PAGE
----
Chicago Cubs 2009 Offseason: Has The Team Improved?

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Chicago Cubs 2009 Offseason: Has The Team Improved?

On Monday, the Cubs inked Milton Bradley to a three-year deal in what is the latest of a flurry of offseason moves by GM Jim Hendry.  With the addition of Bradley, the Cubs' lineup takes on a slightly different feel.  Below is a quick look.

Lineup A:

SS Ryan Theriot

LF Alfonso Soriano

1B Derrek Lee

3B Aramis Ramirez

RF Kosuke Fukudome

2B Mark DeRosa

C Geovany Soto

CF Felix Pie

P Carlos Zambrano

CL Kerry Wood

Bench: Daryle Ward, Reed Johnson, Mike Fontenot, Henry Blanco, Ronny Cedeno

Lineup B:

LF Alfonso Soriano

SS Ryan Theriot

1B Derrek Lee

3B Aramis Ramirez

RF Milton Bradley

C Geovany Soto

2B Mike Fontenot

CF Kosuke Fukudome

P Carlos Zambrano

CL Carlos Marmol

Bench: Daryle Ward (I'd prefer Micah Hoffpauir), Reed Johnson, Aaron Miles, Paul Bako, Joey Gathright

If you're a Chicago Cubs fan, you know Lineup A is from Opening Day 2008.  After Monday's signing of outfielder Milton Bradley, Lineup B is my projection for Lou Piniella's team for the 2009 season (against a right-handed starter). 

Looking at these two lineups, after all their recent offseason maneuvers, is the current version of the Cubs an improvement at all from the team swept in the 2008 NLDS? 

OFFENSE

In the starting lineup, Felix Pie and Mark DeRosa have been replaced by Milton Bradley and Mike Fontenot.  Bradley is clearly an upgrade to Reed Johnson/Jim Edmonds/Felix Pie at the plate, and can switch-hit, but defensively the drop is much more significant. 

As everyone under the sun has noted, Bradley has rarely ever played over 100 games in the field, and his health concerns are a large liability.  Fontenot provides Piniella with a nice left-handed alternative in the lineup, but the versatility lost in the field by trading DeRosa is enormous. 

I know, I know, that's where the bench comes in.  Aaron Miles can play 2B, SS, 3B (kind of), and OF. Reed Johnson and Joey Gathright can play multiple outfield positions, but Ward (or Hoffpauir) and Bako are one-position guys.  Defensively, the bench is very similar to 2008, but offensively it has dropped. 

Sure Aaron Miles hit .315 last year, but that's the only time he has hit above .300 in his career (not including his 4-for-12 season with the White Sox in 2003).  Last season was Joey Gathright's first above 100 games played, and he has also only hit above .300 once in his career (2007). 

Paul Bako previously played for the Cubs, and he is no Hank White, I can tell you that.  Bako's career batting average is .231, with a career high of .272 way back in 1998.

PITCHING

2008 Starting Rotation - Carlos Zambrano, Ted Lilly, Ryan Dempster, Rich Hill, Jason Marquis

2009 Starting Rotation - Carlos Zambrano, Ted Lilly, Ryan Dempster, Rich Harden, Jeff Samardzija / Sean Marshall

So before you think I'm all negative, the starting rotation has clearly improved.  Last season's midseason acquisition of Rich Harden and this season's preseason trade of Jason Marquis make the Cubs' rotation one of, if not the most formidable in the National League.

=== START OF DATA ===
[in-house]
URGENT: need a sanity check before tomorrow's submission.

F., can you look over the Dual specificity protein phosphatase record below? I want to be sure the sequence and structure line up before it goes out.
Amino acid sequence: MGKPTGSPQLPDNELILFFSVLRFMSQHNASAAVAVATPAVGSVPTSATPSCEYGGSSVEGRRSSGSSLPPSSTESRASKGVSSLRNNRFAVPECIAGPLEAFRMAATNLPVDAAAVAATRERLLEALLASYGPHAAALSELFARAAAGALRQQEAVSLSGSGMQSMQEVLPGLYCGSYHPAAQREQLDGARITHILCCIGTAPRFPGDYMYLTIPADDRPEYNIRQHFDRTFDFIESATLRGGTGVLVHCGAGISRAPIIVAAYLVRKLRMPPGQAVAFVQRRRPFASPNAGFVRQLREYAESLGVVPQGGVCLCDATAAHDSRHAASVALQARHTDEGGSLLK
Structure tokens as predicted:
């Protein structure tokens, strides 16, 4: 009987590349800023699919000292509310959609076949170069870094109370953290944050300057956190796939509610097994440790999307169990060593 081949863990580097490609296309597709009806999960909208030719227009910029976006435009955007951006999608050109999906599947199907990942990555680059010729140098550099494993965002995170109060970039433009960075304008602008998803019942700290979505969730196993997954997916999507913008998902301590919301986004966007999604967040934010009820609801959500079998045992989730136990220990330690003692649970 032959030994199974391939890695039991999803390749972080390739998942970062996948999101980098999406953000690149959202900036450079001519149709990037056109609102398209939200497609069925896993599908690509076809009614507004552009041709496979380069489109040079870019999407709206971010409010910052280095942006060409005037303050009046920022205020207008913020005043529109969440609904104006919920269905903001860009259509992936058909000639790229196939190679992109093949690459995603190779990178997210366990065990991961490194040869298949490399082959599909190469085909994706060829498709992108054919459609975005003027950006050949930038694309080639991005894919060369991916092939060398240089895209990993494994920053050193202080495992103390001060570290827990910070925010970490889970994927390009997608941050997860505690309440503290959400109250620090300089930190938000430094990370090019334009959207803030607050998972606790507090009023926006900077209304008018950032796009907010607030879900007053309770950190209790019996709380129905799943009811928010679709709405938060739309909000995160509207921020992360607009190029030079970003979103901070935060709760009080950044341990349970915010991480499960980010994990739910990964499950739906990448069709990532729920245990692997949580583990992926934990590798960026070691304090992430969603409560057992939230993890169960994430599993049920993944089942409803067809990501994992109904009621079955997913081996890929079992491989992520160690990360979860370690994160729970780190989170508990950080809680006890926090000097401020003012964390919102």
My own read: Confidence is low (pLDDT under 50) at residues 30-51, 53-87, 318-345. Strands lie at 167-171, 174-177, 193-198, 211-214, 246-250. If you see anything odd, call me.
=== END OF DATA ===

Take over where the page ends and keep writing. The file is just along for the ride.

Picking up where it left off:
An addition of Jake Peavy would only make the case for this being one of the best starting rotations in history, so I don't see much more analysis needed here.

2008 Bullpen - Kevin Hart, Kerry Wood (CL), Carlos Marmol, Bob Howry, Carmen Pignatiello, Michael Wuertz, Jon Lieber (Scott Eyre and Angel Guzman on DL)

2009 Bullpen - Jeff Samardzija / Sean Marshall, Carlos Marmol (CL), Chad Gaudin, Neal Cotts, Kevin Hart, Kevin Gregg, Luis Vizcaino

The bullpen suffers an immediate hit as Carlos Marmol is moved from set-up man to closer.  Marmol is an amazing pitcher, and his 114 strikeouts in just 87.1 IP last year is unheard of.  He was one of the main reasons the Cubs got so many save opportunities last year. 

But can Marmol hold up under the pressure of the ninth inning?  Will Cubs fans turn on him as they did during his bad slump during the 2008 season?

On top of that, who gets him the ball in the ninth inning with the lead?  "Proven" veterans Chad Gaudin and Neal Cotts?  Young gun Kevin Hart?  Newly acquired Kevin Gregg or Luis Vizcaino?  I'm glad we have a potential lights-out closer in Marmol, but we can't count on our starters to go eight innings every game to give him a lead to work with.

OVERALL

Lineup - Advantage: Even

The 2009 Lineup is better in terms of balance and power, but defensively the 2008 lineup is superior.

Bench - Advantage: 2008

Paul Bako pretty much says it all. 

Starting Pitching - Advantage: 2009

Plus Rich Harden, minus Jason Marquis = Advantage 2009

Bullpen - Advantage: 2008

In both years we have an unproven closer, but in 2008 Wood had Marmol.

Overall- Advantage: TBD

Before you write this off as a cop-out answer let me make one point.  There is virtually no way the Cubs can improve on the regular season of 2008. Anything less than a division title (and the best record in the NL) would be a huge disappointment.  There is literally no way the Cubs can have a worse postseason than 2008.  None.  So only October will truly be able to tell whether or not these moves have made a difference.

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